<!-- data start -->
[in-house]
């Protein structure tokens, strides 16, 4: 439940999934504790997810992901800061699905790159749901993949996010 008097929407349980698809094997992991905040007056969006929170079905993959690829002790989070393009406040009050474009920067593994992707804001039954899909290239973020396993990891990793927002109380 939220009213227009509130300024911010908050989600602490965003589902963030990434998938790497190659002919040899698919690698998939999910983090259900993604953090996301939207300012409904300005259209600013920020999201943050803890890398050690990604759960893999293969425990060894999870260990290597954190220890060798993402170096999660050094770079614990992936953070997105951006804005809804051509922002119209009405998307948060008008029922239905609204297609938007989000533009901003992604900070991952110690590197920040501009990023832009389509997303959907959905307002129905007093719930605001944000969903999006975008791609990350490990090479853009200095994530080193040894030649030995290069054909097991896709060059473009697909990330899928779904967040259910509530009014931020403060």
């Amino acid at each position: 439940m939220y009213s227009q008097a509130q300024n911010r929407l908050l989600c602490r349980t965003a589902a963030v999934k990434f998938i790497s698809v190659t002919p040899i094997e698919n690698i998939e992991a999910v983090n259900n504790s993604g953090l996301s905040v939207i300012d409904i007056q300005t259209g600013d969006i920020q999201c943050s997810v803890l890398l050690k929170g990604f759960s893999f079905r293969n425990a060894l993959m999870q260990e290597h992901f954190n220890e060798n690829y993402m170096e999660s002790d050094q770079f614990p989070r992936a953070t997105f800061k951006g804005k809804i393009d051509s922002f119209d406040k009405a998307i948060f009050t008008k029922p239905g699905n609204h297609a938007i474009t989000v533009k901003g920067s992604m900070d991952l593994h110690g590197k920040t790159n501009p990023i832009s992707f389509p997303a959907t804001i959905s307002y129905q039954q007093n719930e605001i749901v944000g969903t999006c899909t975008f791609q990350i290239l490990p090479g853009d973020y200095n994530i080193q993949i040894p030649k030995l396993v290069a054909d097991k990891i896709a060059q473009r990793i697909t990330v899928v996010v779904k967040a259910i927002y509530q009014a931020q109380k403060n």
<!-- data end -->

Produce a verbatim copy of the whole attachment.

[in-house]
């Protein structure tokens, strides 16, 4: 439940999934504790997810992901800061699905790159749901993949996010 008097929407349980698809094997992991905040007056969006929170079905993959690829002790989070393009406040009050474009920067593994992707804001039954899909290239973020396993990891990793927002109380 939220009213227009509130300024911010908050989600602490965003589902963030990434998938790497190659002919040899698919690698998939999910983090259900993604953090996301939207300012409904300005259209600013920020999201943050803890890398050690990604759960893999293969425990060894999870260990290597954190220890060798993402170096999660050094770079614990992936953070997105951006804005809804051509922002119209009405998307948060008008029922239905609204297609938007989000533009901003992604900070991952110690590197920040501009990023832009389509997303959907959905307002129905007093719930605001944000969903999006975008791609990350490990090479853009200095994530080193040894030649030995290069054909097991896709060059473009697909990330899928779904967040259910509530009014931020403060």
């Amino acid at each position: 439940m939220y009213s227009q008097a509130q300024n911010r929407l908050l989600c602490r349980t965003a589902a963030v999934k990434f998938i790497s698809v190659t002919p040899i094997e698919n690698i998939e992991a999910v983090n259900n504790s993604g953090l996301s905040v939207i300012d409904i007056q300005t259209g600013d969006i920020q999201c943050s997810v803890l890398l050690k929170g990604f759960s893999f079905r293969n425990a060894l993959m999870q260990e290597h992901f954190n220890e060798n690829y993402m170096e999660s002790d050094q770079f614990p989070r992936a953070t997105f800061k951006g804005k809804i393009d051509s922002f119209d406040k009405a998307i948060f009050t008008k029922p239905g699905n609204h297609a938007i474009t989000v533009k901003g920067s992604m900070d991952l593994h110690g590197k920040t790159n501009p990023i832009s992707f389509p997303a959907t804001i959905s307002y129905q039954q007093n719930e605001i749901v944000g969903t999006c899909t975008f791609q990350i290239l490990p090479g853009d973020y200095n994530i080193q993949i040894p030649k030995l396993v290069a054909d097991k990891i896709a060059q473009r990793i697909t990330v899928v996010v779904k967040a259910i927002y509530q009014a931020q109380k403060n």